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I used to be a freelance photographer of the Jornal do Brazil’ Sunday Magazine. In one of the issues of the magazine it was published a poetic story of Carlos Drummond de Andrade about Rio de Janeiro containing my own photographs.

"In this poetics of ‘’Mr. Carlos", as I called him, it was written: Rio de Janeiro can be a good or a bad city to live in, depending on experience, economic and social conditions and one’s mood"; and what made Rio de Janeiro this peculiar city?

Rio de Janeiro had the highest African arrival in the Americas - the Valongo Pier - There were landed 2 million * of Africans as slaves.

These people brought to the city the African cultures of different Bantu origin coming from Angola, Congo, Benguela and Mozambique. Here, these cultures were deconstructed and generated the Carioca Culture of African Matrices that is part of the day by day life of those who lives in Rio. Rio contains all ‘Africas’; there is no Carioca who was born without that influence.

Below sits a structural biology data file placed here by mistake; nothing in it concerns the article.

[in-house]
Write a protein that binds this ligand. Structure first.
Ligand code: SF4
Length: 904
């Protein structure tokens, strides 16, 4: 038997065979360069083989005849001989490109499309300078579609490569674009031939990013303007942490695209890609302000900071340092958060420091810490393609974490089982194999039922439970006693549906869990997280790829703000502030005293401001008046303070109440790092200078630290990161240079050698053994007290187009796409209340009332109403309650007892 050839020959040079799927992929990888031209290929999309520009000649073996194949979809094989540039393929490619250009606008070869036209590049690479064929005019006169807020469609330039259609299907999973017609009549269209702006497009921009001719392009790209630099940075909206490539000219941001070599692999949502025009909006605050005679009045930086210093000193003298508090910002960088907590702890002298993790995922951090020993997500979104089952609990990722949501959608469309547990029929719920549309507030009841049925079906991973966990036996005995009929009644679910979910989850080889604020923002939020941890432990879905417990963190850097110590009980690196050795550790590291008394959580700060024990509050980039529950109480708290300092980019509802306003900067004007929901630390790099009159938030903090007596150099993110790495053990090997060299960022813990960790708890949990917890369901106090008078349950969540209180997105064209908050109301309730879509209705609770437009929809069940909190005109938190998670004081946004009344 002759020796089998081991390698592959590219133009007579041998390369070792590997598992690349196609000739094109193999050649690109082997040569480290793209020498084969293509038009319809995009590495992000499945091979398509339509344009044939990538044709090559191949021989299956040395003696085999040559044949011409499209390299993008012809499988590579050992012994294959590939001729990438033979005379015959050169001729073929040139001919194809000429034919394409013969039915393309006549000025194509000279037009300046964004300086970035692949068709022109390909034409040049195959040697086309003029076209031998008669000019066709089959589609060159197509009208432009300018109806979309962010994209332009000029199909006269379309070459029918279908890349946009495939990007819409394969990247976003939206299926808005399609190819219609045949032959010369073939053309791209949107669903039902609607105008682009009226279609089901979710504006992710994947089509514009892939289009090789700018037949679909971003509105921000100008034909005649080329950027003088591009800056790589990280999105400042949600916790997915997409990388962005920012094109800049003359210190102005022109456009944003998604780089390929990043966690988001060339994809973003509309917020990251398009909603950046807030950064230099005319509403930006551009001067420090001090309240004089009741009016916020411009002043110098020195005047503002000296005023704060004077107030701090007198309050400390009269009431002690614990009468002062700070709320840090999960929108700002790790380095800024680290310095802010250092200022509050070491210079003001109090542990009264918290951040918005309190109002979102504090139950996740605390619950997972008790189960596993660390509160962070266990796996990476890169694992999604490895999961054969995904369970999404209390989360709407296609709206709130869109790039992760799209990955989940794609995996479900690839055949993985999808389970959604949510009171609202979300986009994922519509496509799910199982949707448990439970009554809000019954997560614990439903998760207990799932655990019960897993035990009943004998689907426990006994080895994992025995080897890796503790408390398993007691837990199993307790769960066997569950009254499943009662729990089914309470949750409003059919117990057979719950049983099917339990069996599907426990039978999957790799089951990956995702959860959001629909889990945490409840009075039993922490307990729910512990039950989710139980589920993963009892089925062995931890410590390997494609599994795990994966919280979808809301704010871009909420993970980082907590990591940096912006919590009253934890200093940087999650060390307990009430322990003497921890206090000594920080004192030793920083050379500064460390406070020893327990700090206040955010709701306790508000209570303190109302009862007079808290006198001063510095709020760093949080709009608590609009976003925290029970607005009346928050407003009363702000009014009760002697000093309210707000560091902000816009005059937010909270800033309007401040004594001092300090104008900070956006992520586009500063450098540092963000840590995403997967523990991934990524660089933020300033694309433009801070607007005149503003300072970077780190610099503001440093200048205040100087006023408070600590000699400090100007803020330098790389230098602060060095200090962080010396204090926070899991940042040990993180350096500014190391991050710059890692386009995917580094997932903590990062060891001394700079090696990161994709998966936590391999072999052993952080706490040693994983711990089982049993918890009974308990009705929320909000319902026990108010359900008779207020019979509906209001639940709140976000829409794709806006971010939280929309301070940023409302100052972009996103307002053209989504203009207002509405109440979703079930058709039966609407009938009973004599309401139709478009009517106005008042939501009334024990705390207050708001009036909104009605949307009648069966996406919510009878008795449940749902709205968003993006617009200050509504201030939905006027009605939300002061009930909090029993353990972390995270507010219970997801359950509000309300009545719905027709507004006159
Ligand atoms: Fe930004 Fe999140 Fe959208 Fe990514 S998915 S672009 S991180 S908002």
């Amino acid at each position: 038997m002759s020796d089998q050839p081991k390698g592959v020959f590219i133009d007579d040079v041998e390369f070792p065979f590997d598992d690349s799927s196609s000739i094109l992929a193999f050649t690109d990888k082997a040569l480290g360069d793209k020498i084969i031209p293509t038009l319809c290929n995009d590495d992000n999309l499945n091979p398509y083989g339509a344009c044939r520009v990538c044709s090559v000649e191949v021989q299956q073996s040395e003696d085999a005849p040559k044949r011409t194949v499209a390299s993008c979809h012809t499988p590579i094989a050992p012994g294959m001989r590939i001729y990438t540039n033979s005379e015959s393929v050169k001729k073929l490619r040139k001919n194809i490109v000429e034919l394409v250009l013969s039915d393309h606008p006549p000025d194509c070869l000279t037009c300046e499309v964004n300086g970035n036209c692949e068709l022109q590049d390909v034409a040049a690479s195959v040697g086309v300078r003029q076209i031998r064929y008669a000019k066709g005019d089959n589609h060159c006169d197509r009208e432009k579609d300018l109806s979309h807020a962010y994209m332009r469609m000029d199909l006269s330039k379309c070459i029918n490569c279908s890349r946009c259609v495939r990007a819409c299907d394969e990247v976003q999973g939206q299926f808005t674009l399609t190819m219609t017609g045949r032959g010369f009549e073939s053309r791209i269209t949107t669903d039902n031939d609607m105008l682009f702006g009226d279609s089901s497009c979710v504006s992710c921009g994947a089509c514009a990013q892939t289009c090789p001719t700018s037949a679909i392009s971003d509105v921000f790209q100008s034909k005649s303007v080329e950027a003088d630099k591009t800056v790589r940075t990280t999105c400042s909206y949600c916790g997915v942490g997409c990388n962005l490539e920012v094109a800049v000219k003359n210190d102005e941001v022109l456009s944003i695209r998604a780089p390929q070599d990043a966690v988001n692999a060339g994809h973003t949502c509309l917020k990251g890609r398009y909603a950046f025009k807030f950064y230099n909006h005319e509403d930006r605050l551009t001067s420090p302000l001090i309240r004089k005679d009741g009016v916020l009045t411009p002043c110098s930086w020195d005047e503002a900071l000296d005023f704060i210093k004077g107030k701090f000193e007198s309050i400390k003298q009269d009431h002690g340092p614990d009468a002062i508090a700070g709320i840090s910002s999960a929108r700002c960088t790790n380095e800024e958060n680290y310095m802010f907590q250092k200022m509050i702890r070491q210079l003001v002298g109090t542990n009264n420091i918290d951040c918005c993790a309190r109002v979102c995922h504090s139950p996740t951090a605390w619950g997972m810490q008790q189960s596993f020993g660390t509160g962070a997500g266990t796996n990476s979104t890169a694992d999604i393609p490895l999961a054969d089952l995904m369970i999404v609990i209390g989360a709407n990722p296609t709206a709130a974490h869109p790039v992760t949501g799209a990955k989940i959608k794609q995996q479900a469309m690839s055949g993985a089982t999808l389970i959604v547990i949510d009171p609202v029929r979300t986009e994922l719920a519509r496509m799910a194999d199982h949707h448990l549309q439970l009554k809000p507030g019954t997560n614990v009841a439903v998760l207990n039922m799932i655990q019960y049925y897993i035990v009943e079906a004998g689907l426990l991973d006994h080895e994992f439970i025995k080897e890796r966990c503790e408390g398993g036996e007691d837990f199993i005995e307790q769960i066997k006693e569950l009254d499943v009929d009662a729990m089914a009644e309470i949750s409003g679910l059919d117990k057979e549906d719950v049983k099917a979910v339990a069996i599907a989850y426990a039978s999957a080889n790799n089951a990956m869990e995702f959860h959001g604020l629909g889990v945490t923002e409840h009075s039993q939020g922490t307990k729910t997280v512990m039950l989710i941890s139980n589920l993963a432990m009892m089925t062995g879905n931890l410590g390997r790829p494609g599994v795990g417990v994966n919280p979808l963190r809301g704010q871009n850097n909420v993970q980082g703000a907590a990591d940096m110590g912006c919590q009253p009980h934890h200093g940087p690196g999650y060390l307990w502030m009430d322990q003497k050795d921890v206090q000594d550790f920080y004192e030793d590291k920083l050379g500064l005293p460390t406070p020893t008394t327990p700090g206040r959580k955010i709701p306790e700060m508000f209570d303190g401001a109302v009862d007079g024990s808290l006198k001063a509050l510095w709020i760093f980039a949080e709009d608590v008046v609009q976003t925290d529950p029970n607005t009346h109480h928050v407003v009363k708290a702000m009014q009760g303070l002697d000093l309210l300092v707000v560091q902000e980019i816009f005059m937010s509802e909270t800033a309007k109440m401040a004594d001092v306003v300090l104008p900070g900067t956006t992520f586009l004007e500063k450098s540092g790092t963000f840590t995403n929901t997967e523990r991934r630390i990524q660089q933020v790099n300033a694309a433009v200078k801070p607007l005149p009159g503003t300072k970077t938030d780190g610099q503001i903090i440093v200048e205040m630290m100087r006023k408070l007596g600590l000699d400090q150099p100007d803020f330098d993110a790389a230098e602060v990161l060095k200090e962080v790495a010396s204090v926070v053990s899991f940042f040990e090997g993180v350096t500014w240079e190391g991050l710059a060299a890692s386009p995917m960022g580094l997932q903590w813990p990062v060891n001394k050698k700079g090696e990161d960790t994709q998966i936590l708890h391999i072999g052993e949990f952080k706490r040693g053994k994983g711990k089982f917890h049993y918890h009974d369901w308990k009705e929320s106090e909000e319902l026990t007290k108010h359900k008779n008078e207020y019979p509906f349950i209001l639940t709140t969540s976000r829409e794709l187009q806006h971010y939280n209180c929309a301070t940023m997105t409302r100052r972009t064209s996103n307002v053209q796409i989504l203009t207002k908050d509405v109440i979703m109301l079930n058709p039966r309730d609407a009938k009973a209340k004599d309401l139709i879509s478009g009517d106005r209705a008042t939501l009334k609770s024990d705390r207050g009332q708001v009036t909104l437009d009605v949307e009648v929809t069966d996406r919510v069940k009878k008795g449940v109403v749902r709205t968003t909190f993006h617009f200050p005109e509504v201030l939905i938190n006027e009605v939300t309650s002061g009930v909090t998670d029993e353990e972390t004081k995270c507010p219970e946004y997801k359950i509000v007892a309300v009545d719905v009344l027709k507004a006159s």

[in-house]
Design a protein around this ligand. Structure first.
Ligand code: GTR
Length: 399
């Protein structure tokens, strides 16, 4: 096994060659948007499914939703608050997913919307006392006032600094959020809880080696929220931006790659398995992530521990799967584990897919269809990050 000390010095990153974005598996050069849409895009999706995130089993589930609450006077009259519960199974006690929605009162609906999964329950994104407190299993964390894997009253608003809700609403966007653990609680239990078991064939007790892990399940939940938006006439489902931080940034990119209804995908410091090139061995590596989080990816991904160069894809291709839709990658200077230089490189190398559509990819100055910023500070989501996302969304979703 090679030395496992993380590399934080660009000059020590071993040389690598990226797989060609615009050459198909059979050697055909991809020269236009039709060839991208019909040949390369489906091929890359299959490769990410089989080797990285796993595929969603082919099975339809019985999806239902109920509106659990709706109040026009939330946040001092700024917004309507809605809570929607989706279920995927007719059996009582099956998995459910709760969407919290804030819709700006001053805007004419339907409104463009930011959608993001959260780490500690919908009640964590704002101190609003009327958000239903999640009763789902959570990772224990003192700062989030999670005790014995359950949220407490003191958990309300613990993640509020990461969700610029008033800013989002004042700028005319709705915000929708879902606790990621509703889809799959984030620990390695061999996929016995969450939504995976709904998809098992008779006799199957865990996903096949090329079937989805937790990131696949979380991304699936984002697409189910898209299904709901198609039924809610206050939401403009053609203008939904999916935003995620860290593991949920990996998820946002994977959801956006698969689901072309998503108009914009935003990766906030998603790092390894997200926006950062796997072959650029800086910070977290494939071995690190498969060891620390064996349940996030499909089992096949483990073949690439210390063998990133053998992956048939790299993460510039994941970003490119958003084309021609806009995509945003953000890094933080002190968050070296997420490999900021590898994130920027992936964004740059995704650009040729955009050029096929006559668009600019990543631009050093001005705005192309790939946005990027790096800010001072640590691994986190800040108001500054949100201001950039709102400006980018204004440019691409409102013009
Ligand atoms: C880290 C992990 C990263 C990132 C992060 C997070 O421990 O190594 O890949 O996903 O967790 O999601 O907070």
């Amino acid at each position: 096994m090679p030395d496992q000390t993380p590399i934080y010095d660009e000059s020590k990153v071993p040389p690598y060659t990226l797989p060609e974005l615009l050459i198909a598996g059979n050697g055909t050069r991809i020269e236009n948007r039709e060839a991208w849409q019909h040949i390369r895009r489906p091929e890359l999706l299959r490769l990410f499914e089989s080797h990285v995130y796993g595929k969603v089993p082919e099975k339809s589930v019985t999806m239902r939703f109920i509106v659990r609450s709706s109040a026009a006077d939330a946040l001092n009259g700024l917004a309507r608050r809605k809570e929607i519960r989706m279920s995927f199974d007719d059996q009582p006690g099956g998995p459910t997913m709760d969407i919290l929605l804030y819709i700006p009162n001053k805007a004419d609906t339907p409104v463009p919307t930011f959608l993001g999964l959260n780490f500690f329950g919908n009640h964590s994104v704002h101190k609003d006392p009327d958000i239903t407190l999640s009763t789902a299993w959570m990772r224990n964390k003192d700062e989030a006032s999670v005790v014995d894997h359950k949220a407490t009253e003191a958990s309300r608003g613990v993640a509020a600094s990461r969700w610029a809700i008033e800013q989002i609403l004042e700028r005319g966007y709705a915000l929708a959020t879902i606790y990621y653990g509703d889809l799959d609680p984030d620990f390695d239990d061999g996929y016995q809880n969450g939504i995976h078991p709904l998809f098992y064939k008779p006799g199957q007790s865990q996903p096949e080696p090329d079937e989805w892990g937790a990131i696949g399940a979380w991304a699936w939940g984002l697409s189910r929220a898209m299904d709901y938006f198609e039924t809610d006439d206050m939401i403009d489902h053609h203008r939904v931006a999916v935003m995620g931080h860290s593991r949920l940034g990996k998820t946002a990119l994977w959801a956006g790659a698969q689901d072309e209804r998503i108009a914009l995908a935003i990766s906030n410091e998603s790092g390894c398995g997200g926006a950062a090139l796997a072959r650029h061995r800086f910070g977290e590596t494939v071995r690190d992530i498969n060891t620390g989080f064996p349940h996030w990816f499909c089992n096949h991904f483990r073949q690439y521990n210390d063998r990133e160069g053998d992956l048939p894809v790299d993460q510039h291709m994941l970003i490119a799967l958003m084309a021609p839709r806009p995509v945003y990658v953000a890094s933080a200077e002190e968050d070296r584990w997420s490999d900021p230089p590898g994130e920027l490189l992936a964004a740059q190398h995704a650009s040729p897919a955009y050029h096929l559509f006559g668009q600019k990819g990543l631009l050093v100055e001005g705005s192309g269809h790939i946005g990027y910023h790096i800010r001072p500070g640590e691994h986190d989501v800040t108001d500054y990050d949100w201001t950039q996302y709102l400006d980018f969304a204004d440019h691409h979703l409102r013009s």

The presence of us, black people, in this scenario is the permanency of centuries of our history, is the search for integration in contemporary spaces, is to use our strategies of resistance that allows us to survive all attempts of annihilation. Is to create unequal policies to get equal opportunities.

We, carioca black men and women are playful, no matter whether we are in a university or in a small bar in the favela, we are full of gimmick, dingle-dangle, smartness. Our women are beautiful, divine and wonderful and have a very rare quality: they are WARRIORS.

This black carioca way of being, acting and thinking is what created the carioca standard of living - work hard and enjoy life-.

Each of this exhibition photos shows what I am saying: this African cultural heritage is intensely experienced, in the day-to-day basis, by the African descendants living in Rio de Janeiro. Due to the current reform of the Rio de Janeiro docks we are (re) discovering the Tia Ciata’s Little Africa, an important person from Rio’s black history. Despite the violence around us, despite the social exclusion to which we are subject and the racism that is imposed on black people we are proud to know that the Rio de Janeiro cultural main characteristic is Black.

Studies of most researchers cited around 700,000 the number of Africans who arrived as slaves by Valongo. The Emory University, working with an updated database, reshaped this perspective. These data are being translated and worked in partnership with the House of Rui Barbosa Foundation.